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New York Times Digital Chief Nisenholtz to Retire

  |  November 7, 2011   |  Comments

Nisenholtz helped give the Times its reputation for digital innovation.

Martin Nisenholtz, the architect of The New York Times digital strategy, is set to retire by the end of the year. He's been with the company for 14 years.

Nisenholtz, whose title is SVP, digital operations for The New York Times Company, initiated many of the key products that gave The New York Times its reputation as a forward-thinking newspaper publisher. Those projects included the launch of the Times first website in the late '90s, mobile experiences in more recent years, and various digital subscription initiatives.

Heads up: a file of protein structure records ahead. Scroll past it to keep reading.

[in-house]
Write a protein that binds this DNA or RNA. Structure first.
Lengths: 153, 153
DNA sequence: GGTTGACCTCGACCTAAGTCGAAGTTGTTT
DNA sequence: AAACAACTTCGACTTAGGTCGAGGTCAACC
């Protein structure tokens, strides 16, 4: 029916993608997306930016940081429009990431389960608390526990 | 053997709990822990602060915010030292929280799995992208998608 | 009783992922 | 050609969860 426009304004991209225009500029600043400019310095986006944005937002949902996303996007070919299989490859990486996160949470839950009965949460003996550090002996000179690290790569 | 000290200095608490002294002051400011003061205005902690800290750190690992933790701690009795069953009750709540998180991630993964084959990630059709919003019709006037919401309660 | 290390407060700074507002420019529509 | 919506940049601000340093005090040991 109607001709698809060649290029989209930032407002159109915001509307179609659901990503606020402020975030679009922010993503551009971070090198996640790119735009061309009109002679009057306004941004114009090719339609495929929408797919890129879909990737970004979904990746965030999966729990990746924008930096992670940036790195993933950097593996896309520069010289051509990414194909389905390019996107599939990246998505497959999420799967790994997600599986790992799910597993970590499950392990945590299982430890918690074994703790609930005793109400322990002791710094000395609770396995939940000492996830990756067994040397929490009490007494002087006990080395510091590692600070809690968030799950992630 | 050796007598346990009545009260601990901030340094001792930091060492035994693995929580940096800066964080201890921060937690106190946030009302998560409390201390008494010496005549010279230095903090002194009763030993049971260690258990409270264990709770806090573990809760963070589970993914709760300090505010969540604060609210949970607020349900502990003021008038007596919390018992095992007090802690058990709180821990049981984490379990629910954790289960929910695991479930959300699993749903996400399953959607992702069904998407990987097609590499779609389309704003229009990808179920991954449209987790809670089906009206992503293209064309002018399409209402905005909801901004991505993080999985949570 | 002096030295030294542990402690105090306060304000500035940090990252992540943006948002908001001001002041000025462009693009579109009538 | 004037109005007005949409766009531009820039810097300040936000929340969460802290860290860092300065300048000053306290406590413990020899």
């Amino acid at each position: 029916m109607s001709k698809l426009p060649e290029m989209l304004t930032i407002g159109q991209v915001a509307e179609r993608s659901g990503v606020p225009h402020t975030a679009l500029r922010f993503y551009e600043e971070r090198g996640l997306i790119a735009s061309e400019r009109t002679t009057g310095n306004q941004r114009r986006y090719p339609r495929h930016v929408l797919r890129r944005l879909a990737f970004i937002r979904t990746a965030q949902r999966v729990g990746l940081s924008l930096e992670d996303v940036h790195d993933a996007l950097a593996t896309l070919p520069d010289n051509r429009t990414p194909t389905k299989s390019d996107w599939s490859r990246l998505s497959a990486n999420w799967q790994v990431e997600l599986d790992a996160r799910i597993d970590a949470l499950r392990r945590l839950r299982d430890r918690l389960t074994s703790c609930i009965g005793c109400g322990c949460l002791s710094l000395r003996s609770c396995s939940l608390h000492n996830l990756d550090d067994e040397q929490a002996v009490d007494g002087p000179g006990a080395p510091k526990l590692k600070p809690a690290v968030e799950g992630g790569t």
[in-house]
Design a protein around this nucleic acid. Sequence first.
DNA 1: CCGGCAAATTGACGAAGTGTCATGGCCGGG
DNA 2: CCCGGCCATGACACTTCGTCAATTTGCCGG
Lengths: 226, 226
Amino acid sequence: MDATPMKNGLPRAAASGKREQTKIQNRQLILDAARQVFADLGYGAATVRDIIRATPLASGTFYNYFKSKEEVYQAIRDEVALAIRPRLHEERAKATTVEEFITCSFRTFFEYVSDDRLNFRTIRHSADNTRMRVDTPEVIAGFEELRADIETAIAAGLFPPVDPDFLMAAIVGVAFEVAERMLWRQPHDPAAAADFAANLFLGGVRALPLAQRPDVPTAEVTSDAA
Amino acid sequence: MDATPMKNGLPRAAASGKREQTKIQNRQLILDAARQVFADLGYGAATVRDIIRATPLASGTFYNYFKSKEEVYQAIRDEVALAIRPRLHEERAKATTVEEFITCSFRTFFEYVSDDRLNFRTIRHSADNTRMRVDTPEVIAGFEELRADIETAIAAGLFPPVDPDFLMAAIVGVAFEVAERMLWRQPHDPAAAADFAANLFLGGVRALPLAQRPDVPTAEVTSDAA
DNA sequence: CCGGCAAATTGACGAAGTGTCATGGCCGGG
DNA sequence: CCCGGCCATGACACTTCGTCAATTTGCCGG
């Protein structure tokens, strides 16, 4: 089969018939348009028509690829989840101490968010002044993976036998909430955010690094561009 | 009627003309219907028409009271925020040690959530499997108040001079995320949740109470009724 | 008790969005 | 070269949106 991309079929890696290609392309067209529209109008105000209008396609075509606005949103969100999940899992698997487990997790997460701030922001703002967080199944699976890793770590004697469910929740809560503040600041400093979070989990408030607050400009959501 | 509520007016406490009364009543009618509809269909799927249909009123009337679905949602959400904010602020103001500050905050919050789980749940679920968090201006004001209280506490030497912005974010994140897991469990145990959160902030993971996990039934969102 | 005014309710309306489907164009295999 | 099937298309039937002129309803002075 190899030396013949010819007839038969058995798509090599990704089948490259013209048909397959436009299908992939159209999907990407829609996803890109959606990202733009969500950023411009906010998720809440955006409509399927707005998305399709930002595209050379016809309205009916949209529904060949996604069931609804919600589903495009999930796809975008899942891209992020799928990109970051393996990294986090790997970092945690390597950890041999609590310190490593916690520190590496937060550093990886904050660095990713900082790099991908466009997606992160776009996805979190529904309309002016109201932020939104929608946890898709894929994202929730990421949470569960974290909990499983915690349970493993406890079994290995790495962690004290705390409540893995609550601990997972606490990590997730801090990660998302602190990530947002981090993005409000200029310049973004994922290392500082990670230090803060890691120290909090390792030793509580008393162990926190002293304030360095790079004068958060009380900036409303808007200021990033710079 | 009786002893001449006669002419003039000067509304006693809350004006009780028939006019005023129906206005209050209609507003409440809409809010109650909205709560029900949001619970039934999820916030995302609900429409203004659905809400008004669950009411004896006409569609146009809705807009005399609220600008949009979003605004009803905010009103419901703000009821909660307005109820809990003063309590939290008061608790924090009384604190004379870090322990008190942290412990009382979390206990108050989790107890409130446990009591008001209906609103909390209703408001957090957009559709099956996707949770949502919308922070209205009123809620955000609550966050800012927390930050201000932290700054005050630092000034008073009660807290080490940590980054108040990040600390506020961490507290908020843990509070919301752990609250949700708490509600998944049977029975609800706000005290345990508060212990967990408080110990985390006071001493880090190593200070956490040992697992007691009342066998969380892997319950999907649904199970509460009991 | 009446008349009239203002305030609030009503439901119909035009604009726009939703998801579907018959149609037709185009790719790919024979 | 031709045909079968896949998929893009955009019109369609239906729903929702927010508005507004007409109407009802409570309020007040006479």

Some of them backfired, such as the Times' ill-fated first paywall experiment, in which it restricted columns from the paper's Op-Ed page to subscribers.

He also presided over the development of innovative ad executions, such as the company's synchronized display ads for Apple over the past several years, and a recent Ralph Lauren takeover of the publisher's iPad app.

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ABOUT THE AUTHOR

Zachary Rodgers

Until March 2012, Zach Rodgers was managing editor of ClickZ's award-winning coverage of news and trends in digital marketing. He reported on the rise of web companies, data markets, ad technologies, and government Internet policy, among other subjects. 

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